Know Your Fiber: Eider Wool

Posted on June 01 2019

Know Your Fiber:  Eider Wool

  

One of the amazing things about sheep isn’t just the wool, milk and meat they produce, it is also how they affect the surrounding environment.  Now, when flocks are not well managed or are introduced to a landscape unsuitable for livestock, this can have negative consequences.  Flocks need to be located on land robust enough for grazing, or else there is the risk of delicate ecosystems becoming irrevocably altered. However, humans have do have quite a knack for using some sheep traits to improve the areas they are in for the benefit of the people living there.  German Whiteheaded Mutton sheep, producers of Eider wool, are some of the sheep used in this way.

   

German Whiteheaded Mutton were specifically developed in the mid-1800s as a dual breed wool and meat sheep that would be well suited to the wet and windy conditions of the Wilstermarsch in Germany.  This area, originally marshland reclaimed by its residents from the sea by using dikes, has been fertile farmland for centuries.  It is almost 12 feet below sea level, with the dikes holding back the North Sea and protecting the farmland from storm surges.  Sheep of varying breeds have been a part of this German landscape for nearly as long as people have lived there, although the shepherding methods have changed over time.  During the Middle Ages, sheep were allowed to graze freely on fallow fields, but this method began to change with the advent of the Industrial Revolution and increases in population.  Farms became smaller and roadways became busier.  Gradually, it became common practice to have sheep graze either on areas not used for growing food, such as on the dikes, or on harvested fields.  Combined with a desire to have a dual-breed sheep better suited for the Wilstermarsch environment, these changes to grazing and terrain meant that new characteristics were needed.

   

The late 1700s had already seen a revolution in how sheep were bred, and it was these selective breeding techniques that produced the German Whiteheaded Mutton.  Starting with the local Wilstermarsch sheep, a dairy sheep already well adapted to the local conditions, both British and French sheep breeds were added to the mix to produce a sheep with good quality mutton and durable wool that could be used for spinning, but that was also hardy enough to protect the sheep from coastal winds and rain they would encounter.  From the British flocks they brought in English Leicester (for its long locks), Cotswold (likely for their mothering abilities, their even grazing methods, and their quality mutton), the Oxford (likely for their fine quality mutton, too), and the Hampshire (also for its quality mutton).  In the 1960s and 1970s they continued to improve the breed by adding in some genetics from French flocks of Berrichon du Cher (again for its mutton, although the Berrichon du Cher’s Merino ancestry probably improved the wool, too) and Texel (for its mutton and its wool).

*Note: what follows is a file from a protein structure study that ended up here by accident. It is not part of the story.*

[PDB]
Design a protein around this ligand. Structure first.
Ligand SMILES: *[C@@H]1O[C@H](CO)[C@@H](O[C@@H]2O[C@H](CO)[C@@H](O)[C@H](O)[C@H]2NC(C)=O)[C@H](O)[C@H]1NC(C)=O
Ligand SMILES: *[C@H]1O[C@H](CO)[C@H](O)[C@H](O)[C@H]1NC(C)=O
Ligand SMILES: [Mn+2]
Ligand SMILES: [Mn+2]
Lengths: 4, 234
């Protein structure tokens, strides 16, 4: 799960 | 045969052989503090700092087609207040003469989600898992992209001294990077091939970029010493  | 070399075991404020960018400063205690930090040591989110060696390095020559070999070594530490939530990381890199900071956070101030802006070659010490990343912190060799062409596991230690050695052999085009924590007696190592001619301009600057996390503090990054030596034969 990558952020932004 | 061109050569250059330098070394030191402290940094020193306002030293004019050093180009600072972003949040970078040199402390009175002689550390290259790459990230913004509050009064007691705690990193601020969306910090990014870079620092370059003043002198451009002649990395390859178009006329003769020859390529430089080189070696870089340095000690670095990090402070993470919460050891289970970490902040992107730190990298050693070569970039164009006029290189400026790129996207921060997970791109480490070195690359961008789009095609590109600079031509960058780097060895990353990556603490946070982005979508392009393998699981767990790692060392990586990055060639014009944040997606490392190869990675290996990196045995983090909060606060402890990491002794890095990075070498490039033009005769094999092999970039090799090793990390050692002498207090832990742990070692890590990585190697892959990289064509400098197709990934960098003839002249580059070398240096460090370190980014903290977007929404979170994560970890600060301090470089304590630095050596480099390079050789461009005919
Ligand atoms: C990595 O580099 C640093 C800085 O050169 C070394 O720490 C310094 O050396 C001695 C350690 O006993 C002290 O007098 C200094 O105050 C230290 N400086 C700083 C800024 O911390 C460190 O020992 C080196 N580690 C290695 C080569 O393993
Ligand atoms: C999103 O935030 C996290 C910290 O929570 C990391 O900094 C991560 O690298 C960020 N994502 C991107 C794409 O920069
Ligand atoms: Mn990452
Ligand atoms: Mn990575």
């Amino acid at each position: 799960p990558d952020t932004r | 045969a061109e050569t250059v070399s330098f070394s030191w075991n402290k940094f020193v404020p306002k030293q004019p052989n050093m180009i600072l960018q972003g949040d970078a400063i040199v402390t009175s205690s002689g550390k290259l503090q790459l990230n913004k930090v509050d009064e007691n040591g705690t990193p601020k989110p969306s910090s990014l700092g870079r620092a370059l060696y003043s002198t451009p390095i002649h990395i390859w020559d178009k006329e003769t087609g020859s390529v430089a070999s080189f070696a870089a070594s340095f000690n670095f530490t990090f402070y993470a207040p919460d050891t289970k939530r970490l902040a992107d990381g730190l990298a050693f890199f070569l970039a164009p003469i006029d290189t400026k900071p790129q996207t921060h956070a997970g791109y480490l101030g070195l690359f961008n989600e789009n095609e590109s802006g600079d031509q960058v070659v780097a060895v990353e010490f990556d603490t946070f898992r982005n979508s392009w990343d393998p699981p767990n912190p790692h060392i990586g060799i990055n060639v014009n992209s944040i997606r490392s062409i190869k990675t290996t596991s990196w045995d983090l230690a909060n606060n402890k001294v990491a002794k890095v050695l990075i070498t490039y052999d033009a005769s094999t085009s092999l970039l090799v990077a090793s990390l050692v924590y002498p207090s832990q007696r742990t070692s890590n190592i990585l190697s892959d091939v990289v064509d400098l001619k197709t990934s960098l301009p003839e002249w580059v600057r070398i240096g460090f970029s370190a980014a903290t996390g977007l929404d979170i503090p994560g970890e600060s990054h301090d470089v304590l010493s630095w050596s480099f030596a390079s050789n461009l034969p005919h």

In addition to the goods they produce, sheep have been used by farmers and others to help manage the land.  This has included carbon farming techniques to enrich the soil, natural methods of brush control, reviving native plant species and bring back native birds (see the Know Your Fiber article on Manx Loaghtan) – and, in the case of German Whiteheaded Mutton sheep, to help maintain the dikes holding back the North Sea.

   

German Whiteheaded Mutton can today be found grazing on the greenery of German dikes and on the stubs of harvested fields in the Wilstermarsch area.  Typically moved from place to place by shepherds and sheep dogs, these sheep travel down or alongside the roads.  Considered an essential part of maintaining the dikes, as German Whiteheaded Mutton graze they also stomp down the earth and fertilize the ground, encouraging new growth of the local plants that have long since adapted to being grazed upon.  This process helps to stabilize the dikes, making sure they are sturdy enough to withstand the pounding wind and rains during storms.  Talk about human/ovine teamwork!

  

The wool from German Whiteheaded Mutton is called Eider wool.  Eider was originally the name of a sea duck known for its expensive and soft down that can be found in the famously warm and toasty eiderdown blankets.  Why it has been applied to wool is something of a mystery, although it would not be surprising to find that naming German Whiteheaded Mutton wool Eider was the brainchild of a shepherd with marketing genius.  Certainly, it is easier to say and quite descriptive of the loftiness of Eider wool. Saying “German Whiteheaded Mutton Wool” is quite a mouthful, while “Eider Wool” is short, sweet, and conjures visions of mounds and mounds of light, fluffy wool.

   

In fact, Eider wool is a lovely fluffy wool, although at 37-41 microns it is quite coarse compared to many other wools used for spinning.  What makes this wool special is its crimp – while most wools with this micron range can be difficult to spin due to poor crimp, Eider wool has an excellent crimp that holds quite well when spinning.  If you are looking for a wonderfully durable wool for outerwear, blankets, or handwoven rugs, Eider wool is the wool for you.

   

Interested in spinning up some Eider wool for your next project?  Check out our Eider top along with all our other single-breed and blended fibers!

 

Photo by Anton Hornbläser [CC BY-SA 3.0 (https://creativecommons.org/licenses/by-sa/3.0)]

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